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One more reason to eat at home. When you eat a salad prepared by someone else, you have to trust that everyone in the food chain utilized good hand hygiene. When you buy the salad fixings, you have the opportunity to wash them and interrupt the cascade of errors. Better still is to grow them yourself, and avoid contamination in the first place. Given that I do not have a garden, my best solution is to buy local whenever possible.
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Old 12-23-2015, 09:03 AM   #74
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We rarely eat out. And at home, we wash all vegetable and fruit before consumption and pay more care if it is to be eaten raw.
Will washing the fruits and vegetables clean off e-coli? Unless it is antibiotic soap, I doubt it.

Produce grown in other countries are often fertilized with fertilizer that you do not want to eat, and could be the cause of much of the e-coli issues here in the US.
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Old 12-23-2015, 09:06 AM   #75
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We reduced our Chipotle runs.
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ummmmm....but some people have increased theirs of late.
Chipotle runs, that is.
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Old 12-23-2015, 09:08 AM   #76
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Produce grown in other countries are often fertilized with fertilizer that you do not want to eat, and could be the cause of much of the e-coli issues here in the US.
You beat me to it. Exactly what I was thinking.

The primary source of e-coli is feces...a nice, natural fertilizer; it's biodegradable doncha-no. Gimme that chemical fertilizer going forward!
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Old 12-23-2015, 09:09 AM   #77
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One more reason to eat at home. When you eat a salad prepared by someone else, you have to trust that everyone in the food chain utilized good hand hygiene. When you buy the salad fixings, you have the opportunity to wash them and interrupt the cascade of errors. Better still is to grow them yourself, and avoid contamination in the first place. Given that I do not have a garden, my best solution is to buy local whenever possible.
Think about this: what about the patron in front of you at the salad bar? What is on those tongs? For the squeamish reading this thread, think about that! The tongs at a salad bar are horrible! I've seen people come right out of the bathroom and go right to the tong. Talk about disgusting.

I go to salad bars but usually wash my hands or sanitize after assembling the salad.

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Will washing the fruits and vegetables clean off e-coli? Unless it is antibiotic soap, I doubt it.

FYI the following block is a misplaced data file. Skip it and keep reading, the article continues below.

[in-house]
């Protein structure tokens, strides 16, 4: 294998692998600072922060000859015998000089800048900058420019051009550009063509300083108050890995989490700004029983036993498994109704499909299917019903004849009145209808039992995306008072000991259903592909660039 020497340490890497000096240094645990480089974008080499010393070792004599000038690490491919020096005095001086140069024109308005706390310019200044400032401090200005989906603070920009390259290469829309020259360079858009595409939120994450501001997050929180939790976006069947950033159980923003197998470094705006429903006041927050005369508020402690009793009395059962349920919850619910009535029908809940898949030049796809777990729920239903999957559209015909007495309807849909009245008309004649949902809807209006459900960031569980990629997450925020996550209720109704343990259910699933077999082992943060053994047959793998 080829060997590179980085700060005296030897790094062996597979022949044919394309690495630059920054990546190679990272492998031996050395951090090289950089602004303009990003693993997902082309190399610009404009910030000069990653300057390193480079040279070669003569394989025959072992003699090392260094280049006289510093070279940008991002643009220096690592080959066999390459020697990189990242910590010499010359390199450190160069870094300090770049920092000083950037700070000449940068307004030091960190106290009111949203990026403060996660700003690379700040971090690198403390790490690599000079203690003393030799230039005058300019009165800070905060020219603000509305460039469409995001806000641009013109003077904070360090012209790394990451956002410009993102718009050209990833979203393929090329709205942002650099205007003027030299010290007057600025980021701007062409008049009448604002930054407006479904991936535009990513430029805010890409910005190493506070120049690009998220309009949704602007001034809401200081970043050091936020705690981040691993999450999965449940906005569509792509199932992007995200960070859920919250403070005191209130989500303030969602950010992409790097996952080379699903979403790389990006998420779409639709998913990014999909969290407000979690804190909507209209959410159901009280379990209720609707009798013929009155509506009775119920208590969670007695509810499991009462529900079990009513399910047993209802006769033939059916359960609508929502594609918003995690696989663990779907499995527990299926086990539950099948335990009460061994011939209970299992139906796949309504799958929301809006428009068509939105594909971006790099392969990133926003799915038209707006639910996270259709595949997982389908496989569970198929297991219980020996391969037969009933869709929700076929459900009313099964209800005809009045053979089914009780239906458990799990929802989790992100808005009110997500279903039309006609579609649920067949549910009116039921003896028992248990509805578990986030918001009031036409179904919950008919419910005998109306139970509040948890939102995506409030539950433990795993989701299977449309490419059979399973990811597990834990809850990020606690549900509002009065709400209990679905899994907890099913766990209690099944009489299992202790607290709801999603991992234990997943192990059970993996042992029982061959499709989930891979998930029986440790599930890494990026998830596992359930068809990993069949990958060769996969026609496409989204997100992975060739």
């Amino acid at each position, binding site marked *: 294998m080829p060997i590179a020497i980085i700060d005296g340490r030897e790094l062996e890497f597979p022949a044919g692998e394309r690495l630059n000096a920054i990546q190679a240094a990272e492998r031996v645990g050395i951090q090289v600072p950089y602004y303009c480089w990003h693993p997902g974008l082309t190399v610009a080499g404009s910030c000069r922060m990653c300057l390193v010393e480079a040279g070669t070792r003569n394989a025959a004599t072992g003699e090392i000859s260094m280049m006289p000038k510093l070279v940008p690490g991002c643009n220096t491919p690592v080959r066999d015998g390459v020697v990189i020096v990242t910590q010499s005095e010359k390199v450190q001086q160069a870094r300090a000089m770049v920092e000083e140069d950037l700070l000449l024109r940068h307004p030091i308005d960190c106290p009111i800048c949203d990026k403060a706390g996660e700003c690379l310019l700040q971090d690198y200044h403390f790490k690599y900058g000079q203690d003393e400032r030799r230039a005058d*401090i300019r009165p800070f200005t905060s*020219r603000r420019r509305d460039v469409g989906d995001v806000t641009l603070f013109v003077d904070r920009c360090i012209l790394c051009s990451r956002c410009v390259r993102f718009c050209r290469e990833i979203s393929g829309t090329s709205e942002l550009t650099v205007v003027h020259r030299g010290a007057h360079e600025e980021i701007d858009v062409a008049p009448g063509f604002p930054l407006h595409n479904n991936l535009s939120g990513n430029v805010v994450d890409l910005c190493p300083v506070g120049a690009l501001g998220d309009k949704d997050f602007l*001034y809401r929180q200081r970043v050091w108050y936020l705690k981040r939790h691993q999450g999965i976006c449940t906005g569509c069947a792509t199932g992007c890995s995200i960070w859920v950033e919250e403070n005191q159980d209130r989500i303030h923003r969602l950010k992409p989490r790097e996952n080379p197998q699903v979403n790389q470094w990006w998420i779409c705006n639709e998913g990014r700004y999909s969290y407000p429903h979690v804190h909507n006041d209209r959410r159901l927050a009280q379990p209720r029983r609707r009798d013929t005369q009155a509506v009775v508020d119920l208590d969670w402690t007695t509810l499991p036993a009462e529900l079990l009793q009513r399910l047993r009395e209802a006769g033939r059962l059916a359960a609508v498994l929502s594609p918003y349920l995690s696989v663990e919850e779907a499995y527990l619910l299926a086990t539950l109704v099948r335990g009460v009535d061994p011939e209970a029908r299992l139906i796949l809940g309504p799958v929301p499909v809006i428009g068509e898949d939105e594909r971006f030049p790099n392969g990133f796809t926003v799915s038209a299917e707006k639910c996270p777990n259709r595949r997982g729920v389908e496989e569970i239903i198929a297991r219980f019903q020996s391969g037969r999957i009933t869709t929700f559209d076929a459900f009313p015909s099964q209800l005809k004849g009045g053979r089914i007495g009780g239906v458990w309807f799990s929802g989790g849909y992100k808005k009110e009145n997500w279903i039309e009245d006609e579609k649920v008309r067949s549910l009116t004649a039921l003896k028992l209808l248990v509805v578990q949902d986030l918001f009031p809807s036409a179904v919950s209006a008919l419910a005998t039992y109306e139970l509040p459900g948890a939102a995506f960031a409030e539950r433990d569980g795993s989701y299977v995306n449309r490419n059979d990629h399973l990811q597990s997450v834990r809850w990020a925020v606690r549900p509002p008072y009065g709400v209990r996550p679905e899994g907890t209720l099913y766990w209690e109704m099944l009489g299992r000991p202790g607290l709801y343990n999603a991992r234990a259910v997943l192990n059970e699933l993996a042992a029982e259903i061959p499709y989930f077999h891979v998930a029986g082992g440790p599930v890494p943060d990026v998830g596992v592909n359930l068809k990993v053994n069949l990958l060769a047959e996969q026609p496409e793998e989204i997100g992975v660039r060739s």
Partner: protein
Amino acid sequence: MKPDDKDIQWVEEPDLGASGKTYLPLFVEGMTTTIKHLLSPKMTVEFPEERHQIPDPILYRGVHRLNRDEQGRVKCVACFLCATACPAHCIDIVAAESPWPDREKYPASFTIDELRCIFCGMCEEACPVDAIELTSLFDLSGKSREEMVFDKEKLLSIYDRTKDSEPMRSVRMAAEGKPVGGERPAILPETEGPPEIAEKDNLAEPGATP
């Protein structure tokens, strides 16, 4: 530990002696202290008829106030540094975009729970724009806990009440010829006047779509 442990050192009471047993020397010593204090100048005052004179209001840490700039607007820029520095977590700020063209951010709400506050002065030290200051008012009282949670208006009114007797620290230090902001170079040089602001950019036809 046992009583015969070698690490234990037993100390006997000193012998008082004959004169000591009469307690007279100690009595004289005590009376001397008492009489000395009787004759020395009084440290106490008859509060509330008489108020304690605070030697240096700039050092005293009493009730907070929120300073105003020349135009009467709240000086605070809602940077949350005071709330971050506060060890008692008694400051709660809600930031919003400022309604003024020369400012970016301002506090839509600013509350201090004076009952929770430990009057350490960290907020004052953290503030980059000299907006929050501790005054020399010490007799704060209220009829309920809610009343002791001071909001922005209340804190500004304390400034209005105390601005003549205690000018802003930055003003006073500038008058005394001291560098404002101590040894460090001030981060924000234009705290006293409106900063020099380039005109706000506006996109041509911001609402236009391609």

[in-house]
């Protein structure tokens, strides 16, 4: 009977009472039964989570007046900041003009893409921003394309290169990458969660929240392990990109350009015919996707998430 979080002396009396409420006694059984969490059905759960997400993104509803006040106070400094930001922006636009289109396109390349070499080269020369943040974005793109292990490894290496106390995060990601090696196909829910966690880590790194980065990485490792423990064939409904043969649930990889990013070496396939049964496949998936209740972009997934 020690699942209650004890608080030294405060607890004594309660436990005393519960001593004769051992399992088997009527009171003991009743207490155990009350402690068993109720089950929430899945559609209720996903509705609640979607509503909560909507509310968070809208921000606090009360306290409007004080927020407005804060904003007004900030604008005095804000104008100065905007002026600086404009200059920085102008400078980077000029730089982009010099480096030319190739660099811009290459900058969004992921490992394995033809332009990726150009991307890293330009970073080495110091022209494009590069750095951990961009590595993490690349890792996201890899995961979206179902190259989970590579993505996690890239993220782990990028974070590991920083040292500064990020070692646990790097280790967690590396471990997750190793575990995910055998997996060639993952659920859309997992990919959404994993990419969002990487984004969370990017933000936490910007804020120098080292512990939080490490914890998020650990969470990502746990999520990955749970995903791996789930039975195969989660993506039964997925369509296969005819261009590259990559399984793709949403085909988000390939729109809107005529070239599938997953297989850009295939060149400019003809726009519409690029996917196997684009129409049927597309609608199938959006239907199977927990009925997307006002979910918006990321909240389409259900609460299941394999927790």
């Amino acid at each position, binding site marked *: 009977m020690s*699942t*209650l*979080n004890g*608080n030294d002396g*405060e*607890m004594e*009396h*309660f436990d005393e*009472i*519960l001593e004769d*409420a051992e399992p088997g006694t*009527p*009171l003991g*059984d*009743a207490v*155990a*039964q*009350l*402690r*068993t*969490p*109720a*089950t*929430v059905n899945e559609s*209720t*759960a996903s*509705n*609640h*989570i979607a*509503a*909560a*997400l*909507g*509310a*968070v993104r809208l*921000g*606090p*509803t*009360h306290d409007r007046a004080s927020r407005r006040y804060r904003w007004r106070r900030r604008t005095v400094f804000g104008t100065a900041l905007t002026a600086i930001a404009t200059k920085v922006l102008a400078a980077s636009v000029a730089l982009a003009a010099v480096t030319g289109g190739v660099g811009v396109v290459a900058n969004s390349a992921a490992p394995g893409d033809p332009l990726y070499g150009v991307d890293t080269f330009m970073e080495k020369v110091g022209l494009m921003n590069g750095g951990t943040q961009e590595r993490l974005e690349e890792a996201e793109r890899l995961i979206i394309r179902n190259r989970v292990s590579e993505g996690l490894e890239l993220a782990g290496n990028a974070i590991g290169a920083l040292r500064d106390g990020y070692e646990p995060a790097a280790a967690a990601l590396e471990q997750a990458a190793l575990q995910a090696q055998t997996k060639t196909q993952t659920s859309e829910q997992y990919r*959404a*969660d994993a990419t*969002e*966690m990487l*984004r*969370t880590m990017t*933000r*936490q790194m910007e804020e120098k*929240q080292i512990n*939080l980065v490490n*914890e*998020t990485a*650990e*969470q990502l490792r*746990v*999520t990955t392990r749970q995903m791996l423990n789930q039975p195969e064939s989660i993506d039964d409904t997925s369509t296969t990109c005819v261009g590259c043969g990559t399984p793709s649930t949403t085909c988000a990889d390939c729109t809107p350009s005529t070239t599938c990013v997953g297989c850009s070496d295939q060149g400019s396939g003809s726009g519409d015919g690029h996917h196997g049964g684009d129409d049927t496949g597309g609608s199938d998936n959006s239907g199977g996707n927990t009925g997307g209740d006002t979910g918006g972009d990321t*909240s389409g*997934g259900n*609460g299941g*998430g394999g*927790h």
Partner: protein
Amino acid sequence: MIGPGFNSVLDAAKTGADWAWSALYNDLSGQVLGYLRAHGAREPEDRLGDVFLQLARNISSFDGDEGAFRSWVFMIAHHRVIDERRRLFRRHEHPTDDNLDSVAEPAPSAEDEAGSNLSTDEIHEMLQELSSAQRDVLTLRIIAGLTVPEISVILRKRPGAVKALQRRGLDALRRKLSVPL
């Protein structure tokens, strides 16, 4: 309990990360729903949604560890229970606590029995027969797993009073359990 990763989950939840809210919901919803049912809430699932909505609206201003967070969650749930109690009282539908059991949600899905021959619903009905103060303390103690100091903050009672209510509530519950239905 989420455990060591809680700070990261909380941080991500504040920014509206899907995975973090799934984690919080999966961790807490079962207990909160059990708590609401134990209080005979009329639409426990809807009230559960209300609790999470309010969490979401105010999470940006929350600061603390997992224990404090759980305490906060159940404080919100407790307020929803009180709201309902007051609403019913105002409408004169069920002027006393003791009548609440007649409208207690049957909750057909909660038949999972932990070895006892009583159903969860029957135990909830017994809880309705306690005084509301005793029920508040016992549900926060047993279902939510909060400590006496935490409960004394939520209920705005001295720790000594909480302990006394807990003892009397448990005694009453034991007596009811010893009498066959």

Produce grown in other countries are often fertilized with fertilizer that you do not want to eat, and could be the cause of much of the e-coli issues here in the US.
There have been cases of non-US produce causing issues. A few years back cilantro from MX was implicated due to human feces found in the field.

However, in this case it was USA based produce. And as I mentioned a while back, I've witnessed signs of workers in the USA defecating in or near the fields too. Don't think everything is so perfect here. It isn't.
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Old 12-23-2015, 09:16 AM   #78
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We rarely eat out. And at home, we wash all vegetable and fruit before consumption and pay more care if it is to be eaten raw.
We eat out every day, but not at restaurants like Chipotle. Mostly we eat at long established neighborhood "mom and pop" restaurants. Local restaurants in New Orleans are highly competitive, and seldom survive the first few years even if people don't get sick at them. So, it's not surprising to me that we do not get sick from eating out here.

Washing fruits and vegetables is something that I thought everybody did, and that I learned as a small child by watching my mother wash them. Like many little girls, I wanted to grow up to be just like my mother and that included washing fruits and vegetables.
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Old 12-23-2015, 09:36 AM   #79
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Think about this: what about the patron in front of you at the salad bar? What is on those tongs? For the squeamish reading this thread, think about that! The tongs at a salad bar are horrible! I've seen people come right out of the bathroom and go right to the tong. Talk about disgusting.

I go to salad bars but usually wash my hands or sanitize after assembling the salad.



There have been cases of non-US produce causing issues. A few years back cilantro from MX was implicated due to human feces found in the field.

However, in this case it was USA based produce. And as I mentioned a while back, I've witnessed signs of workers in the USA defecating in or near the fields too. Don't think everything is so perfect here. It isn't.
Great comment, I hate buffets and salad bars for that same reason. And pot luck work food...

The USA ag workers are not immune to bad habits, often the workers come from a place where sanitation is non-existent. If I was in the field, I doubt I would go looking for a latrine either.
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Old 12-23-2015, 10:04 AM   #80
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Ok here is another one you may have missed. Think about what goes in the front section of the shopping carts at your grocery store. Yes, the place where you put your food items. That little flip down panel which catches any drippings from diapers that are a little bit past change time. Such a great place to place that lunch meat package, which you will grab with your washed hands when making a sandwich.